Pitch of sounds with very low fundamental frequency (Arturo Camacho )

Subject: Pitch of sounds with very low fundamental frequency
From:    Arturo Camacho  <acamacho@xxxxxxxx>
Date:    Sat, 3 Feb 2007 07:16:21 -0500

List members, To avoid a confusion between the two threads the discussion has taken, I have changed the subject of the mail. With respect the pitch of sounds with very low fundamental frequency, I think the problem has to do with the definition of pitch. If we use the operational definition of pitch (“A sound has a pitch P measured in Hertz if in a psychoacoustical experiment the sound is matched consistently to a sinusoidal sound of that frequency”) then we cannot hear a pitch lowest than the lowest frequency sinusoid we can hear, because we cannot match it to that sinusoid. However, if instead of a sinusoid we would have used in the definition a signal with a richer spectrum (e.g., one that decays as 1/f), then we may have been able to speak about lower frequency “pitches”. For example, by playing a sequence of three 10-harmonics complex signals with harmonically decaying magnitudes (i.e., 1, 1/2, 1/3,…,1/10) and fundamental frequencies 50, 37.5, and 25 Hz, my musically trained ear can recognize the complex with f0=37.5 Hz as being a fourth below the complex with f0=50 Hz, and the complex with f0=25 Hz as being a fifth below the complex with f0=37.5 Hz, i.e., an octave below the complex with f0=50 Hz. Arturo > Arturo, > > > When you hear a 30.9-Hz note on your bass, you don't only hear the > fundamental (Terhardt's [JASA 1978] "virtual pitch") but also the harmonics > and other partials, if any (the "spectral pitch"). If you got rid of the > harmonics, what you would hear would be a scratchy sound lacking the tonal > quality of the bass' note. What is the most remarkable, and still begging > for explanation (which should be difficult to obtain experimentally > because it tackles a subjective dimension), is the subjective smoothness > of a descending scale played on any of the low-pitched instruments, > despite the lack of smoothness when you play only a sinusoid. > > Pierre > > > At 09:23 PM 2/1/2007, you wrote: > >> Pierre, >> >> >> What about the lowest note in a 5-string bass B=30.9 Hz? When I hear a >> 5-string bass playing this note I am pretty sure I hear that pitch. One >> way I could prove it to myself is by playing B one octave above (B=61.8 >> Hz) and then B=30.9 Hz right after. I am pretty sure I would hear an >> interval of an octave between them (I have been musician all my life so >> I >> am pretty confident I know how an octave sounds like). Therefore, I >> conclude I can hear a pitch of 30.9. >> >> I guess any bass player would agree with me. Otherwise, why do they >> bother paying more for that extra string? >> >> Arturo >> >> >>> From the perceptual point of view, a 27.5-Hz fundamental frequency >>> is not heard as pitch. The $64K question is: how come we react to that >>> lowest piano key's vibrations as if they were truly conveying pitch >>> on the same dimension as, say, the key 2 octaves higher does? Yes, Dan >>> is probably right claiming that a double bass' lowest note evokes a >>> more purely-pitch pitch than the same note on the piano, but that E >>> has a frequency 1.5 times higher than the lowest A on the piano. (NB: >>> concert Boesendorfers descend down to the F below...) >>> >>> >>> >>> Pierre >>> >>> >>> >>> At 07:59 PM 1/31/2007, Dan Ellis wrote: >>> >>> >>> >>>> I've always wondered why playing a bass line on the bottom octaves >>>> of the piano can almost never serve the same sonic role as playing >>>> the same bass line on a stand-up (acoustic) bass or electric bass >>>> guitar (I'm talking about a popular music and jazz context here). >>>> >>>> >>>> >>>> >>>> I don't know the answer, but I took the FFT of the lowest note of >>>> the piano from the MUMS grand piano samples; it's at: >>>> >>>> >>>> <http://labrosa.ee.columbia.edu/~dpwe/tmp/mumsPianoA0.jpg>http://la >>>> bros a.ee.columbia.edu/~dpwe/tmp/mumsPianoA0.jpg >>>> >>>> Obviously this depends on recording setup etc., but there's no >>>> discernable energy at the fundamental, and almost none at the second >>>> harmonic. It's only at the 3rd harmonic (82.5 Hz nominal) and >>>> above that you really start to get energy. I would bet a double >>>> bass has better representation of lower harmonics. >>>> >>>> The plot also shows in green the expected locations of harmonics of >>>> 27.5 Hz. >>>> The piano harmonics aren't all that close, and over this range it >>>> doesn't look like a simple stretching either - seems like a much >>>> more complex pattern of per-harmonic deviations, both above and >>>> below. >>>> >>>> DAn. >>>> >>>> >>>> >>>> >>> >> >> >> -- >> __________________________________________________ >> >> >> Arturo Camacho >> PhD Student >> Computer and Information Science and Engineering >> University of Florida >> >> >> E-mail: acamacho@xxxxxxxx >> Web page: www.cise.ufl.edu/~acamacho >> __________________________________________________ >> > > -- __________________________________________________ Arturo Camacho PhD Student Computer and Information Science and Engineering University of Florida E-mail: acamacho@xxxxxxxx Web page: www.cise.ufl.edu/~acamacho __________________________________________________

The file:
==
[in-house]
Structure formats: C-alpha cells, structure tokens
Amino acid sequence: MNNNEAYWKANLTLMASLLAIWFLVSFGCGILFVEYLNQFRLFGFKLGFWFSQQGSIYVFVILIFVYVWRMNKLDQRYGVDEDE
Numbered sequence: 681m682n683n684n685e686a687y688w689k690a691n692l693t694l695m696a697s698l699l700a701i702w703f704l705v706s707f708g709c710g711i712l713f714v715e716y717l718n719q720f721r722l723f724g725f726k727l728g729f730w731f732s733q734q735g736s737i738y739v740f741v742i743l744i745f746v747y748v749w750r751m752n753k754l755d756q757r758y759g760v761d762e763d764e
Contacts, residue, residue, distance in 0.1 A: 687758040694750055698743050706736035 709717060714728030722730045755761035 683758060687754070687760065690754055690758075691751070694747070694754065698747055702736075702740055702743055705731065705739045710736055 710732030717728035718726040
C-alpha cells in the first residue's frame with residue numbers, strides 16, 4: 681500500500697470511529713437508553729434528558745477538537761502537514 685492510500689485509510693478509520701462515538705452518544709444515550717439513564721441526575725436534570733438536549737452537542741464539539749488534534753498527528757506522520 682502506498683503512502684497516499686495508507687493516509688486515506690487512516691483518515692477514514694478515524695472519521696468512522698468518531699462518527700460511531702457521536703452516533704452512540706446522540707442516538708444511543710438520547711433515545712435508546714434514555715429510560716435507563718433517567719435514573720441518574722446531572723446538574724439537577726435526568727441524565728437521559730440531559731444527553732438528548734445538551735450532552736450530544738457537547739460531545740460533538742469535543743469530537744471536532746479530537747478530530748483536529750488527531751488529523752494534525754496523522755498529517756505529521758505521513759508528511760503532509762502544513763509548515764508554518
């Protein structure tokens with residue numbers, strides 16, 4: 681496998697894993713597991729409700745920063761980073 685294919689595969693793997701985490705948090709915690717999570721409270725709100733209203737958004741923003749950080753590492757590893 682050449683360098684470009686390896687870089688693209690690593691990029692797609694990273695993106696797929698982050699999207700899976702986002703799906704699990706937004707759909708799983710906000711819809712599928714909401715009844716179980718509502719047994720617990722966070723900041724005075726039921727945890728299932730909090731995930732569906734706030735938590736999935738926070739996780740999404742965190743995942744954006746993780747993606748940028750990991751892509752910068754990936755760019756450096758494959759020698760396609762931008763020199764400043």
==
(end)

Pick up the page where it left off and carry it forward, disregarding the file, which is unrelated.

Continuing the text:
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DAn Ellis <dpwe@ee.columbia.edu>
Electrical Engineering Dept., Columbia University